The Pros and Cons of Standards-Based Grading

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GradingStudent Success
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Standards-based grading (SBG) has been ingrained in the American education system for over a century. It has been a determining factor in students’ admissions to colleges, law schools, medical schools, and even driver’s licenses. The University of Wisconsin-Superior describes SBG as “a written description of what students are expected to know or be able to do by a certain time in their educational career.”

While we can certainly discuss and debate the future viability of standards-based grading, I wrote this article to examine the pros and cons, along with the overall effects, of SBG on student success.

Pros of standards-based grading

SBG has allowed teachers and administrators alike to analyze the root causes of why students haven’t mastered specific material. In fact, SBG is sometimes seen as an innovative solution to the hotly debated differences between professor grading systems. Some studies have even shown that most students prefer standards-based grading. Although, they indicate “growing pains” when taking an SBG class for the first time.

Generally, SBG testing providers make their standards known in advance, allowing students and instructors to prepare. The University of Wisconsin-Superior found that previous test examples, test prep books, and past performance help take the ambiguity and uncertainties of the test away. Also, specific feedback from SBG exams allows teachers to review why students might not have mastered a topic, and in turn, help students through any challenges.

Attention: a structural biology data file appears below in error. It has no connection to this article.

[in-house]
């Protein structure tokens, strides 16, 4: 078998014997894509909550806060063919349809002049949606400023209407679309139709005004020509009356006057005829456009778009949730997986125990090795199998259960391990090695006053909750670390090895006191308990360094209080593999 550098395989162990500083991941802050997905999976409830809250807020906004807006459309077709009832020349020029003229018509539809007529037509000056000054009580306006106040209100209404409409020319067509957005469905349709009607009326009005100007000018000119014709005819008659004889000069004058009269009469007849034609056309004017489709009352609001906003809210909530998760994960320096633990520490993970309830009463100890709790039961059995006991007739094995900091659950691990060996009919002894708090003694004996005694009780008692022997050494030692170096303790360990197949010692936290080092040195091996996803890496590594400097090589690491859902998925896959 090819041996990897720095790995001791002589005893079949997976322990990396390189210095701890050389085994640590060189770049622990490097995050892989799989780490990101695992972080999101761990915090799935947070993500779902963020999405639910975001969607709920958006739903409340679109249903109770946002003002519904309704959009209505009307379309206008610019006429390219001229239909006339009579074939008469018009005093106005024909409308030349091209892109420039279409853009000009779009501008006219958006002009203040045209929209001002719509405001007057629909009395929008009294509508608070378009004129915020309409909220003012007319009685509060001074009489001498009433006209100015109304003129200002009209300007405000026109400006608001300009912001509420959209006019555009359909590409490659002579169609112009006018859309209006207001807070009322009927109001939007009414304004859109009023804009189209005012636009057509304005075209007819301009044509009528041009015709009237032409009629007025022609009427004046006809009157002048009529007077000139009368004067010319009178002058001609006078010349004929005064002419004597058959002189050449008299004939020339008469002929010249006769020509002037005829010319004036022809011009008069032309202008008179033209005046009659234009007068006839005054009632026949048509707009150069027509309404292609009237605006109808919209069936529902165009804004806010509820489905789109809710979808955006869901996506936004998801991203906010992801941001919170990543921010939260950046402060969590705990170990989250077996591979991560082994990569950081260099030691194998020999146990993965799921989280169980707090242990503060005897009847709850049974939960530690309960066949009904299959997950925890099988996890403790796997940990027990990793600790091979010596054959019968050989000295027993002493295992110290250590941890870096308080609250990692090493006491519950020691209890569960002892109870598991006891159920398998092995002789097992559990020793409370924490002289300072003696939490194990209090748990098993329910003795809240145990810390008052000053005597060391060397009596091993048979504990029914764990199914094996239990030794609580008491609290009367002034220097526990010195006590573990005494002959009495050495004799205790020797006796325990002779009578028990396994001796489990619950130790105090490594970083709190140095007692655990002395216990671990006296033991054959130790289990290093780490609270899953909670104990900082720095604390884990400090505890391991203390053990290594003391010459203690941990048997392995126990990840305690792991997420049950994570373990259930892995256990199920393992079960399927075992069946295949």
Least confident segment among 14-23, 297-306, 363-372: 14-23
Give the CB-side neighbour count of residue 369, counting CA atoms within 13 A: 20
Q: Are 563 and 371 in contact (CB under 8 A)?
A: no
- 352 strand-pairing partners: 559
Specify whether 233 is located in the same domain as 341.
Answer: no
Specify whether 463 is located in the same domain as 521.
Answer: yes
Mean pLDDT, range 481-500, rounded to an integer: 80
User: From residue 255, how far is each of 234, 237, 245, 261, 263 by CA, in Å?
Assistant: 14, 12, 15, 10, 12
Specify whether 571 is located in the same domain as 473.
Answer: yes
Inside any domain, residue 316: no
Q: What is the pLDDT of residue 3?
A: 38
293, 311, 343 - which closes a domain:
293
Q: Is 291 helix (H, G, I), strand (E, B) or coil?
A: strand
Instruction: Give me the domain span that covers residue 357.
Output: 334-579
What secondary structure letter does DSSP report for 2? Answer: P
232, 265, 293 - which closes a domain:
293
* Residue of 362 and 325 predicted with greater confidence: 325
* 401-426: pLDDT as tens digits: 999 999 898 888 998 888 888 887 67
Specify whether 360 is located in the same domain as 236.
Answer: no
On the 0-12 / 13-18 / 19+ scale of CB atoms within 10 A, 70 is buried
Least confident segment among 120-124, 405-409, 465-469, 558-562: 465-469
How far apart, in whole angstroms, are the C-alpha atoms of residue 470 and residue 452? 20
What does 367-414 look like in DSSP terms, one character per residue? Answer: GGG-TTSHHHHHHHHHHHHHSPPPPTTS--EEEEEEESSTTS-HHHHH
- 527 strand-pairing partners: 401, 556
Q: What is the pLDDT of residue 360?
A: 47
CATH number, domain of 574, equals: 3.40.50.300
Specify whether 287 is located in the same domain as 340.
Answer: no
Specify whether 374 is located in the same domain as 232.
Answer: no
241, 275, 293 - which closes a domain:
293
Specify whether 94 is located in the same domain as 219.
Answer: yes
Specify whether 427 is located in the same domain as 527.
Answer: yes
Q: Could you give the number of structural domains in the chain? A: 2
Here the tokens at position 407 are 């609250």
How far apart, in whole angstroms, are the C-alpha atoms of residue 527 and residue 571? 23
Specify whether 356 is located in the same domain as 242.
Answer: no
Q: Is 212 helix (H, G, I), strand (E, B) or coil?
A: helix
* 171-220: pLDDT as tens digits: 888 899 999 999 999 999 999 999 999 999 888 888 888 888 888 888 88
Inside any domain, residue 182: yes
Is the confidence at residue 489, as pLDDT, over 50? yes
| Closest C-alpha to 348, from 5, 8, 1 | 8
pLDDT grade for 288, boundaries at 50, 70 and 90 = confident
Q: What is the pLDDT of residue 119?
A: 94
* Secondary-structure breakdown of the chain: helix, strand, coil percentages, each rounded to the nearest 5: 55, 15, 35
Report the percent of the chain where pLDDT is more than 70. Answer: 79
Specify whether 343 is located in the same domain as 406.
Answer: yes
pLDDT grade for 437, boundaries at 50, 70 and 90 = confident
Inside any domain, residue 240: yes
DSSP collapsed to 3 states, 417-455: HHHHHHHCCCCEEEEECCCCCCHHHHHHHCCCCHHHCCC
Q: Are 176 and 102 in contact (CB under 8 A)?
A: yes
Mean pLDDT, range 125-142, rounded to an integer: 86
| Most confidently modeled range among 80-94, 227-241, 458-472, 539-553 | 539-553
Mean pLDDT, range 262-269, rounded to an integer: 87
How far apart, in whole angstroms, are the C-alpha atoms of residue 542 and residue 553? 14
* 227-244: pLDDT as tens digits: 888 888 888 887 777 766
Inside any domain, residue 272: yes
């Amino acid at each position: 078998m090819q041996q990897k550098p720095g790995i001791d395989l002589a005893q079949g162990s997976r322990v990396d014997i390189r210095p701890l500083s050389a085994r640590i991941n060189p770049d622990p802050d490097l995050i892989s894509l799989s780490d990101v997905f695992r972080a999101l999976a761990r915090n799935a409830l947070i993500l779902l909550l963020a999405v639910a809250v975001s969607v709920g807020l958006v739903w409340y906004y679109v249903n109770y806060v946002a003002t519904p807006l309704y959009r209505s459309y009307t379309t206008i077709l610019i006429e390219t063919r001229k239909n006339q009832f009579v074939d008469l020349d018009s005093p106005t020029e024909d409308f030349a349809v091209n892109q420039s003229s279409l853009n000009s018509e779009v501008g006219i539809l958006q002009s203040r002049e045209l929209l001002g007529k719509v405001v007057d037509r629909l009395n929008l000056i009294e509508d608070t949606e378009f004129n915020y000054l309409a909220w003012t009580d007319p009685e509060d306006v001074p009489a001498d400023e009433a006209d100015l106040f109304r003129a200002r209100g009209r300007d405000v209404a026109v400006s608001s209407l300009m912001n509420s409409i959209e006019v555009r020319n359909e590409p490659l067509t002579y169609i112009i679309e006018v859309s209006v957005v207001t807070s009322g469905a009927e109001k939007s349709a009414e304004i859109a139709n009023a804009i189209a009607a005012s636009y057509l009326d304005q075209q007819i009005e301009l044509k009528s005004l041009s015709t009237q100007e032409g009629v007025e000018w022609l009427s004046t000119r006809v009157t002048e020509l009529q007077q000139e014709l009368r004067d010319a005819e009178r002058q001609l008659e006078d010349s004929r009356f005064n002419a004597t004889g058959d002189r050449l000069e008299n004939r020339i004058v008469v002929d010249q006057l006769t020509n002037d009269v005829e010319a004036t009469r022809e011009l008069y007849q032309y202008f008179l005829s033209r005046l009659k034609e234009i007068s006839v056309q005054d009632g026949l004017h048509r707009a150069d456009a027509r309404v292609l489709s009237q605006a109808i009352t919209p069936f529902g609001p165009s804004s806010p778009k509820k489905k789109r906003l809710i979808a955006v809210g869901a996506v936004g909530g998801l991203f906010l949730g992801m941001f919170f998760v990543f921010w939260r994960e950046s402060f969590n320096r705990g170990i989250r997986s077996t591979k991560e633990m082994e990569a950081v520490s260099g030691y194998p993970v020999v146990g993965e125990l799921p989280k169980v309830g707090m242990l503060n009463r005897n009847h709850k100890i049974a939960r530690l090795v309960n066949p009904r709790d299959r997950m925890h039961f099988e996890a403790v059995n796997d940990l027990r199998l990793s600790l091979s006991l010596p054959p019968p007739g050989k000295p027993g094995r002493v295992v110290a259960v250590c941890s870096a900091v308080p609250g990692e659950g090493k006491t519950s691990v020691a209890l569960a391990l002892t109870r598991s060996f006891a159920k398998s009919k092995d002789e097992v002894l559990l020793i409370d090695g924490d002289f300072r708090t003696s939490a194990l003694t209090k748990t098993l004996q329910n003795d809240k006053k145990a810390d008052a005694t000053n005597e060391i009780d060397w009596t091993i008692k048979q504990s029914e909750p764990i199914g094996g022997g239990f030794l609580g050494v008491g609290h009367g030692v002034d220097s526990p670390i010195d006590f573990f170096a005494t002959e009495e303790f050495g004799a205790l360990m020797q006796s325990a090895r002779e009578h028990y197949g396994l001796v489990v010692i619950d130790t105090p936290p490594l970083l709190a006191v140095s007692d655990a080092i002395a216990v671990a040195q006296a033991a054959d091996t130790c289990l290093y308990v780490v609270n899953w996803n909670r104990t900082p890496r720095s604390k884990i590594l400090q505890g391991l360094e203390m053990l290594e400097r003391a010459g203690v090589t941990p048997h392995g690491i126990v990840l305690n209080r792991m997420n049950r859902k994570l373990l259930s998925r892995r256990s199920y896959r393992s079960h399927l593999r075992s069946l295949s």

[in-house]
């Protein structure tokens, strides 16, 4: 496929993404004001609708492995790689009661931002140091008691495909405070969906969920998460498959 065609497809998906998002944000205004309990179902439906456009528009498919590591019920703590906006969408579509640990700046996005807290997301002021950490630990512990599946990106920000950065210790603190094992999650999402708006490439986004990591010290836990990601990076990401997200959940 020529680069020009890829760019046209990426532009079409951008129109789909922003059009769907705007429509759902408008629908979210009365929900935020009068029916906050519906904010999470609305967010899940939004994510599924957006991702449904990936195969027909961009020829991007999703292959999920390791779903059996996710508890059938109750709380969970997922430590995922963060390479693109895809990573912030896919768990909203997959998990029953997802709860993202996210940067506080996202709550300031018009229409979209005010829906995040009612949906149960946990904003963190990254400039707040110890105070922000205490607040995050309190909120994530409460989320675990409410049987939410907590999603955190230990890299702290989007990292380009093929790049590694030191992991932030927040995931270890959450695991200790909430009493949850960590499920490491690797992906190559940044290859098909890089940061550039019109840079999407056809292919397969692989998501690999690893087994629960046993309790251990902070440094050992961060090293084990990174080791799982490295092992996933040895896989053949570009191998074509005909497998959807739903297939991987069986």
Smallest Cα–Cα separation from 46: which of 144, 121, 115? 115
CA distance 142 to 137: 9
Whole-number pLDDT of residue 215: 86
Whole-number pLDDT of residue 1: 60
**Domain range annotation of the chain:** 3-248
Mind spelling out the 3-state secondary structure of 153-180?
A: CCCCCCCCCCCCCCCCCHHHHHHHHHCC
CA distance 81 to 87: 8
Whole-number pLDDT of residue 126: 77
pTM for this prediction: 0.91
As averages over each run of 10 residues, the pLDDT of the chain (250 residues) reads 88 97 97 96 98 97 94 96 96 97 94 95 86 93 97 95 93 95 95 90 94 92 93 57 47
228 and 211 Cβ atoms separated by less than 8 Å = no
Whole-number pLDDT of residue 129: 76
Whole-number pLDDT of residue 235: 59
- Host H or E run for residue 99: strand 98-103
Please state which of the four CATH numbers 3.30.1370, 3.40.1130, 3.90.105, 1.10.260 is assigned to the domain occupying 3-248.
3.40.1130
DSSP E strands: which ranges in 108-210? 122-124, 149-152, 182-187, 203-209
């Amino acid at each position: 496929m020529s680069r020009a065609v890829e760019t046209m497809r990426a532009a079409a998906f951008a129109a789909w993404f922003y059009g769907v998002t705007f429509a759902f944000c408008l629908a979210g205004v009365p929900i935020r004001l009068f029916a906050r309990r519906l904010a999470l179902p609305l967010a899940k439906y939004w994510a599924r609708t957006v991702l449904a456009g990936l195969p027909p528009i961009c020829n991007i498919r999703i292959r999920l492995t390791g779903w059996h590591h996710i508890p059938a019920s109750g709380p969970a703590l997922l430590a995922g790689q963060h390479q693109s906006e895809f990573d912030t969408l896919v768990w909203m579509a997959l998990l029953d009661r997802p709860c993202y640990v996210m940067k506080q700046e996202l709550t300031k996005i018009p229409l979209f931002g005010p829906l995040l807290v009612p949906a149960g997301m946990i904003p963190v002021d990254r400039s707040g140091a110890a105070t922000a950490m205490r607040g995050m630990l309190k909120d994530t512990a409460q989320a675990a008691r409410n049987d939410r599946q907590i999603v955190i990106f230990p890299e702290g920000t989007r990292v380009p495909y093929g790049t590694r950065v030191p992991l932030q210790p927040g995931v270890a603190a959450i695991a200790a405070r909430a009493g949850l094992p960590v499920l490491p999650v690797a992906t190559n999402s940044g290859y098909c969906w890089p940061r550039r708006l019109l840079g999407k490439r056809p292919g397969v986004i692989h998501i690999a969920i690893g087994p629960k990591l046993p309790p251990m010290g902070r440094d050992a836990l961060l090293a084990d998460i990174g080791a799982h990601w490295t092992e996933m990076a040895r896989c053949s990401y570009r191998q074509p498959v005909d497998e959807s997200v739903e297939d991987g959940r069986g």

Ultimately, SBG evaluates students not just on their past failures or successes. Instead, it gives them a clean slate to compete equally.

Cons of standards-based grading

While anyone can attempt to learn the “standards” of a test, a one-time test isn’t a holistic indicator of a student’s long-term success. Despite SBG having some benefits, our education system must still better assess what students do and do not know. Suppose SBG continues to make the assessment results high risk for students. In that case, we as educators must be able to listen and work with students to improve their educational and professional experiences.

While SBG may give equal opportunity for students to compete for specific positions or seats, it doesn’t consider that students have the same standards of equity available to compete successfully in the exam. Socioeconomics, for example, plays a considerable role in test scores. It can skew the results of the SBG in favor of those with equity advantages. Statistically, students from two-parent households, with college-educated parents, with access to testing preparation services, and from middle to higher-class incomes are more likely to perform better in SBGs.

Conclusion: what’s needed

Training practices can vary from classroom to classroom, which can hinder equity for those attempting SBGs. Therefore, consistent application from teachers, trainers, and parents is needed for standard-based grading to work for the equitable assessment of individual students.

After all, the goal of standard-based grading is equity.

 

Written by Nick K. Gera, JD, MBA, MPP and Doctoral Candidate

 

Ready to dive into some strategies for building an equitable course? Get the “How Fellow Instructors Create an Inclusive Classroom Experience” eBook.